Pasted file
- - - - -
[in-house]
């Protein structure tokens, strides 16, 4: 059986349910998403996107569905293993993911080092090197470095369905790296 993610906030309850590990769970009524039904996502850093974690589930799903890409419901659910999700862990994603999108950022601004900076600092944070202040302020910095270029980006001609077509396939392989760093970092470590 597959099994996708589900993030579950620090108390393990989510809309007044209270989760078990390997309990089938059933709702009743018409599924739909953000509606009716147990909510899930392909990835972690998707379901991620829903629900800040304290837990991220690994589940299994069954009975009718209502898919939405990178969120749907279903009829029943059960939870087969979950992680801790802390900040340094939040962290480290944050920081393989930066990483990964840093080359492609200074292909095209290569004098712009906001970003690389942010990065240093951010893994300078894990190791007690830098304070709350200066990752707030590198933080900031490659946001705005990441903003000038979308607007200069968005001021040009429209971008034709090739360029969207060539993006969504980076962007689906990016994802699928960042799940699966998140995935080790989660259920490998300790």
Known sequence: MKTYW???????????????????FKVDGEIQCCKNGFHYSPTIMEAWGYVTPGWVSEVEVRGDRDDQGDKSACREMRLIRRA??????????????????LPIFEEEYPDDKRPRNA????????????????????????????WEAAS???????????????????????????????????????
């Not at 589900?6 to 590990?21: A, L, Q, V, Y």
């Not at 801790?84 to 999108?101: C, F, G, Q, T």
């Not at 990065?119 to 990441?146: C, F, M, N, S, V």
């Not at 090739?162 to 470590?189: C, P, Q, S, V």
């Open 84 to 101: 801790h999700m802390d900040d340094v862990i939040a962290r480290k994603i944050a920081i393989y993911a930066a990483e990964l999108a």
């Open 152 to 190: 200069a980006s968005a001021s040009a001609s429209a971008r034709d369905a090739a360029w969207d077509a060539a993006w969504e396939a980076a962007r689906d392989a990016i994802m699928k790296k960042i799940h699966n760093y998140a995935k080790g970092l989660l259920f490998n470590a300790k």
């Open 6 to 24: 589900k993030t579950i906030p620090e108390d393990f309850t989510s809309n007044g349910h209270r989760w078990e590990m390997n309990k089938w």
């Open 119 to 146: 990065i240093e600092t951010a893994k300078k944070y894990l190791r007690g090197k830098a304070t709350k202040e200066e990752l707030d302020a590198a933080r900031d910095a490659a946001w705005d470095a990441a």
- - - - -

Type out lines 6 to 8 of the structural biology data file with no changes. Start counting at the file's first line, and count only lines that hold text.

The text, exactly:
């Not at 990065?119 to 990441?146: C, F, M, N, S, V």
């Not at 090739?162 to 470590?189: C, P, Q, S, V």
């Open 84 to 101: 801790h999700m802390d900040d340094v862990i939040a962290r480290k994603i944050a920081i393989y993911a930066a990483e990964l999108a």